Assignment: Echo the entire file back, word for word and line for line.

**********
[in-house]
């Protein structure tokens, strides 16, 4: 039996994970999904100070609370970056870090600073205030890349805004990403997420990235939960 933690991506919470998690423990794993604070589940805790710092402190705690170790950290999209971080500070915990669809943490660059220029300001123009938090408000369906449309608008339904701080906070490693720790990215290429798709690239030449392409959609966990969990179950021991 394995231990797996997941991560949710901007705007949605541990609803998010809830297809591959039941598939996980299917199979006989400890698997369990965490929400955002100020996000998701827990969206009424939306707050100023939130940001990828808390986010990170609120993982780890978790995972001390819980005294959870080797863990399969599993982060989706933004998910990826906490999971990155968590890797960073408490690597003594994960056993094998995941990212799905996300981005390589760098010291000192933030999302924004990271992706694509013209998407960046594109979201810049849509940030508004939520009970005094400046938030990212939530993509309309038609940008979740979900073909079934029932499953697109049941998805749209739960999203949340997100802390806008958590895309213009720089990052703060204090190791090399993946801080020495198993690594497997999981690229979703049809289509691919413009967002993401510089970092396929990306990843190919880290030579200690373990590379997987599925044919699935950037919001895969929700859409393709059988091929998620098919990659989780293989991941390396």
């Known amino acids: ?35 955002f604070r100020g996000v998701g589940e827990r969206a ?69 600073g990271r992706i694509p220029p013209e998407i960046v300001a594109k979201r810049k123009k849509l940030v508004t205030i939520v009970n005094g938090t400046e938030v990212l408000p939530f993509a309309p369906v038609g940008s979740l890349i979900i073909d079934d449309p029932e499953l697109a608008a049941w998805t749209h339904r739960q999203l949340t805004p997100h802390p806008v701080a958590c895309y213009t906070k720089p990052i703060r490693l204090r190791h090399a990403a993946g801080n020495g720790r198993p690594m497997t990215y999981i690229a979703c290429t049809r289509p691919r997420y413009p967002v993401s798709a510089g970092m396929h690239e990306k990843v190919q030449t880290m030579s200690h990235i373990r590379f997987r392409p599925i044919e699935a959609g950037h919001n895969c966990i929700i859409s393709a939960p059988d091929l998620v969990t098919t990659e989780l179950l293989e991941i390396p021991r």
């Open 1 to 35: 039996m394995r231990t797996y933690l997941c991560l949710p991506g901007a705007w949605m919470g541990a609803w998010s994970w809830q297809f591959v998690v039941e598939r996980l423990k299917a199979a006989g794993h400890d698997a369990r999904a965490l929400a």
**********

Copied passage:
[in-house]
């Protein structure tokens, strides 16, 4: 039996994970999904100070609370970056870090600073205030890349805004990403997420990235939960 933690991506919470998690423990794993604070589940805790710092402190705690170790950290999209971080500070915990669809943490660059220029300001123009938090408000369906449309608008339904701080906070490693720790990215290429798709690239030449392409959609966990969990179950021991 394995231990797996997941991560949710901007705007949605541990609803998010809830297809591959039941598939996980299917199979006989400890698997369990965490929400955002100020996000998701827990969206009424939306707050100023939130940001990828808390986010990170609120993982780890978790995972001390819980005294959870080797863990399969599993982060989706933004998910990826906490999971990155968590890797960073408490690597003594994960056993094998995941990212799905996300981005390589760098010291000192933030999302924004990271992706694509013209998407960046594109979201810049849509940030508004939520009970005094400046938030990212939530993509309309038609940008979740979900073909079934029932499953697109049941998805749209739960999203949340997100802390806008958590895309213009720089990052703060204090190791090399993946801080020495198993690594497997999981690229979703049809289509691919413009967002993401510089970092396929990306990843190919880290030579200690373990590379997987599925044919699935950037919001895969929700859409393709059988091929998620098919990659989780293989991941390396």
């Known amino acids: ?35 955002f604070r100020g996000v998701g589940e827990r969206a ?69 600073g990271r992706i694509p220029p013209e998407i960046v300001a594109k979201r810049k123009k849509l940030v508004t205030i939520v009970n005094g938090t400046e938030v990212l408000p939530f993509a309309p369906v038609g940008s979740l890349i979900i073909d079934d449309p029932e499953l697109a608008a049941w998805t749209h339904r739960q999203l949340t805004p997100h802390p806008v701080a958590c895309y213009t906070k720089p990052i703060r490693l204090r190791h090399a990403a993946g801080n020495g720790r198993p690594m497997t990215y999981i690229a979703c290429t049809r289509p691919r997420y413009p967002v993401s798709a510089g970092m396929h690239e990306k990843v190919q030449t880290m030579s200690h990235i373990r590379f997987r392409p599925i044919e699935a959609g950037h919001n895969c966990i929700i859409s393709a939960p059988d091929l998620v969990t098919t990659e989780l179950l293989e991941i390396p021991r």
């Open 1 to 35: 039996m394995r231990t797996y933690l997941c991560l949710p991506g901007a705007w949605m919470g541990a609803w998010s994970w809830q297809f591959v998690v039941e598939r996980l423990k299917a199979a006989g794993h400890d698997a369990r999904a965490l929400a």